The Canon EOS Rebel T6 / 1300D is an entry-level DSLR that is aimed at those who have never used an ILC before and smartphone users who are looking to upgrade. In addition to having a quicker CPU than its predecessor, the Rebel T5, the T6 features an APS-C sensor with 18 megapixels, Wi-Fi connectivity with near-field communication (NFC), and a body that is built around the APS-C sensor.
The Nikon D3300, which was released in January 2014 and is getting a little bit on in age at this time, is its primary rival in this particular category.
Canon EOS Rebel T6 Price in USA
As is customary for Rebel, the T6 incorporates some technology that was taken from higher-end versions of the previous generation. This is not a negative development in any way. It features an autofocus mechanism with 9 points, video recording at 1080/30p, and built-in Wi-Fi with NFC. It has a very decent battery life of 500 shots per charge, which places it towards the top of its class when considering this metric. However, one of the most eye-catching aspects of the T6 is not located anywhere within the camera itself; rather, it is printed on the exterior of the packaging: the camera’s delectable $500 price tag, which includes the lens.
The Rebel line has usually been most successful at providing technology that has been passed down from previous generations at a price that is relatively fair. The first Digital Rebel was released just about 13 years ago, and it was effectively a single-dial 10D housed in a plastic chassis. It had a price tag of $1,000 with the kit lens included, which was a groundbreaking amount for DSLRs at the time. The T6 is not only more affordable than the pioneering Rebel, but it also has a far wider range of capabilities and is more suited to the requirements of a novice.
In a nutshell, in order to produce the Rebel T6, Canon repurposed a number of components that it had sitting around from previous generations of the Rebel line and packaged them up in an attractively priced bundle.
Canon EOS Rebel T6 Specifications
|MSRP||$549.99 (with 18-55mm F3.5-5.6 IS II lens)|
|Body type||Compact SLR|
|Max resolution||5184 x 3456|
|Other resolutions||3456 x 2304, 2592 x 1728, 1920 x 1080, 720 x 480|
|Image ratio w:h||1:1, 4:3, 3:2, 16:9|
|Effective pixels||18 megapixels|
|Sensor photo detectors||19 megapixels|
|Sensor size||APS-C (22.3 x 14.9 mm)|
|ISO||Auto, ISO 100-6400, expandable to 12800|
|Boosted ISO (maximum)||12800|
|White balance presets||6|
|Custom white balance||Yes|
|JPEG quality levels||Fine, Normal|
|Autofocus||Contrast Detect (sensor)Phase DetectMulti-areaCenterSelective single-pointTrackingSingleContinuousFace DetectionLive View|
|Number of focus points||9|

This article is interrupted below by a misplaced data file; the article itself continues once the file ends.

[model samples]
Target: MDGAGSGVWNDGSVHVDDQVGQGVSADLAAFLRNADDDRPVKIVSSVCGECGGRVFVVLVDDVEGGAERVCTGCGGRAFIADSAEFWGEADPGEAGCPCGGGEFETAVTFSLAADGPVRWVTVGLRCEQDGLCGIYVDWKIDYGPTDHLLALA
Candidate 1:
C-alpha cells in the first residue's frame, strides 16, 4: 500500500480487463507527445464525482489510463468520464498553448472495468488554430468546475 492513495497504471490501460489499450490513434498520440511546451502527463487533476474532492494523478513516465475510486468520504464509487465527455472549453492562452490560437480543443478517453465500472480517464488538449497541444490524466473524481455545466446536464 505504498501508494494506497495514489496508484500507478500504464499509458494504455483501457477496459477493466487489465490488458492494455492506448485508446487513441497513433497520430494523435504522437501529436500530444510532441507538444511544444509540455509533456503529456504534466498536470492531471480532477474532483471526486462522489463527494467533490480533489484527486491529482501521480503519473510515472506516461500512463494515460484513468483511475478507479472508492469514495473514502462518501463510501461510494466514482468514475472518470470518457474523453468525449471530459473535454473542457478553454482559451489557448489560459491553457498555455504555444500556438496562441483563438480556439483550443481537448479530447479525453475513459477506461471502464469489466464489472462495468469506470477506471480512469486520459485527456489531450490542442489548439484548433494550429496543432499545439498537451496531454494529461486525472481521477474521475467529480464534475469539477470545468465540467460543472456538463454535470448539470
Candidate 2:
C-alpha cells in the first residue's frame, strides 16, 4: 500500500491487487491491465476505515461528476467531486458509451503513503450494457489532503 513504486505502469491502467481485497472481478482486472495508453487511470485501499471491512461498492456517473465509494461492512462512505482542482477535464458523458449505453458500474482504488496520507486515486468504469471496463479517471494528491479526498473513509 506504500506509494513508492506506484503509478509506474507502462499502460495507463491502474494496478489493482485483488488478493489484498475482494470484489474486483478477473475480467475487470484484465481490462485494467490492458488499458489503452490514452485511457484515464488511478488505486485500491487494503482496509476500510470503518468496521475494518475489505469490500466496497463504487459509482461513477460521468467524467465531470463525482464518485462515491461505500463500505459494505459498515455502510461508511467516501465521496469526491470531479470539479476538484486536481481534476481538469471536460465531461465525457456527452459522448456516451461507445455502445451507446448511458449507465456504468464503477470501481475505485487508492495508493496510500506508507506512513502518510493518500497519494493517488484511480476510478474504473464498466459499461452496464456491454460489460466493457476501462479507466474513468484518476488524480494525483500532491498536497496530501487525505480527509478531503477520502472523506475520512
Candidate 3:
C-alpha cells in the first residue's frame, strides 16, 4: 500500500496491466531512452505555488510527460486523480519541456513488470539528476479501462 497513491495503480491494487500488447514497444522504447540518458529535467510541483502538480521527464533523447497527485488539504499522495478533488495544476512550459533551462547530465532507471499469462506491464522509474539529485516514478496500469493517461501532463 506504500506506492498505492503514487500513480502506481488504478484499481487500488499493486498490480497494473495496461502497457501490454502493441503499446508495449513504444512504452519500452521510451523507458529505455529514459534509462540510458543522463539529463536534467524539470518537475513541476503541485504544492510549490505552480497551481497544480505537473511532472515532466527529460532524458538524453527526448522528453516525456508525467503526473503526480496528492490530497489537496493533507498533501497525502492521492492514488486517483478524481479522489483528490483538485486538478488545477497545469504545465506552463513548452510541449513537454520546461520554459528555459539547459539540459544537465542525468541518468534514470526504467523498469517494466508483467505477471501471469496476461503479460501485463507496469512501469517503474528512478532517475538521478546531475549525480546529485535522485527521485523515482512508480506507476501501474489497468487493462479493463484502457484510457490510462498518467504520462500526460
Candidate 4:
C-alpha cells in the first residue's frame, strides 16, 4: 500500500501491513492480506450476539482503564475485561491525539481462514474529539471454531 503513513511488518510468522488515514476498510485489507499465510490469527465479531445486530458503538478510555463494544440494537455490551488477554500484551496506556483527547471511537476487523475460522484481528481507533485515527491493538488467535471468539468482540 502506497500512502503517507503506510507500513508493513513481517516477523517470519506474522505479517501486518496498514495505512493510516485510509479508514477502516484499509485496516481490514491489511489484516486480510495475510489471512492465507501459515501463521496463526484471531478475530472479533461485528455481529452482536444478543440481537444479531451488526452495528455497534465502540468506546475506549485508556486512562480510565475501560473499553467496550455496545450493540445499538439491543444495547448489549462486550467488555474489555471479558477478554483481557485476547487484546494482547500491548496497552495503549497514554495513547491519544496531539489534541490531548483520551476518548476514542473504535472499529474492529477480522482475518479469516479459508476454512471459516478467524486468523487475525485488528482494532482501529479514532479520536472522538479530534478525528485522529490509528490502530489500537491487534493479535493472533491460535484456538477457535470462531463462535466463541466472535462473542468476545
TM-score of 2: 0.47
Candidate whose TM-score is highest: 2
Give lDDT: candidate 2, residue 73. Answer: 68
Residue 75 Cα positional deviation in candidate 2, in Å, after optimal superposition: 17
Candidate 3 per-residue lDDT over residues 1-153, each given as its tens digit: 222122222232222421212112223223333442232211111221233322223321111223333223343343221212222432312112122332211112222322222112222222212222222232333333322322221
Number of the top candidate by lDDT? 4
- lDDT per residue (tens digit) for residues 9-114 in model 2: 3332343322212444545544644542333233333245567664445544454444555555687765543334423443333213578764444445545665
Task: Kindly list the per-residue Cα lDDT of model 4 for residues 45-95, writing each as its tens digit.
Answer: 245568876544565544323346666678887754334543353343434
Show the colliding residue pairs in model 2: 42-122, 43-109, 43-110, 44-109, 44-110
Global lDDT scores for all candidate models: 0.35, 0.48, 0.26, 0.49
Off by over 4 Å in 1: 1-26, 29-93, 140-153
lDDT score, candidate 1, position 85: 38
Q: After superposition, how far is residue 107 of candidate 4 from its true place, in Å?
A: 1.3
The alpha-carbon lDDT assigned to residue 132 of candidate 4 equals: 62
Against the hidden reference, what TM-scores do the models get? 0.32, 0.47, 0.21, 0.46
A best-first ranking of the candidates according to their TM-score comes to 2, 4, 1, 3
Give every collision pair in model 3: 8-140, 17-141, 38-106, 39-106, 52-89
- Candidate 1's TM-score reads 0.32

|Lens mount||Canon EF/EF-S|
|Focal length multiplier||1.6×|
|Screen type||TFT LCD|
|Viewfinder type||Optical (pentamirror)|
|Viewfinder magnification||0.8× (0.5× 35mm equiv.)|
|Minimum shutter speed||30 sec|
|Maximum shutter speed||1/4000 sec|
|Manual exposure mode||Yes|
|Subject / scene modes||Yes|
|Built-in flash||Yes (Pop-up)|
|Flash range||9.20 m (at ISO 100)|
|External flash||Yes (via hot shoe)|
|Flash modes||Auto, On, Off, Red-eye|
|Continuous drive||3.0 fps|
|Self-timer||Yes (2 or 10 sec)|
|Exposure compensation||±5 (at 1/3 EV, 1/2 EV steps)|
|AE Bracketing||±2 (3 frames at 1/3 EV, 1/2 EV steps)|
|Resolutions||1920 x 1080 (30p, 24p), 1280 x 720 (60p), 640 x 480 (30p)|
|Storage types||SD/SDHC/SDXC card|
|USB||USB 2.0 (480 Mbit/sec)|
|Wireless notes||802.11b/g/n with NFC|
|Remote control||Yes (wired or wireless)|
|Battery description||Lithium-Ion LP-E10 rechargeable battery & charger|
|Battery Life (CIPA)||500|
|Weight (inc. batteries)||485 g (1.07 lb / 17.11 oz)|
|Dimensions||129 x 101 x 78 mm (5.08 x 3.98 x 3.07″)|
The resolution and low-light performance of the Rebel T6s is comparable to those of its competitors from 2015. The 19-point, all cross-type autofocus system is a nice update to the line, but it has a restricted coverage area and isn’t very adept at following subjects as they move across the frame. The powerful live view autofocus, on the other hand, can partly make up for these inadequacies. The completely articulating LCD, twin dials, and top LCD all contribute to the outstanding handling of the device.
- Simple control layout
- Camera housing that is not too heavy
- Integrated Wi-Fi and Near Field Communication for easy photo sharing.
- Very good JPEGs
- Long life of the battery
- 18 megapixels is not even close to being the best in its class.
- A restricted range at high ISO
- Physique that has the impression of being cheap
- A sluggish focusing when in live view
- Lack of a touchscreen
- Poor quality lens included in the package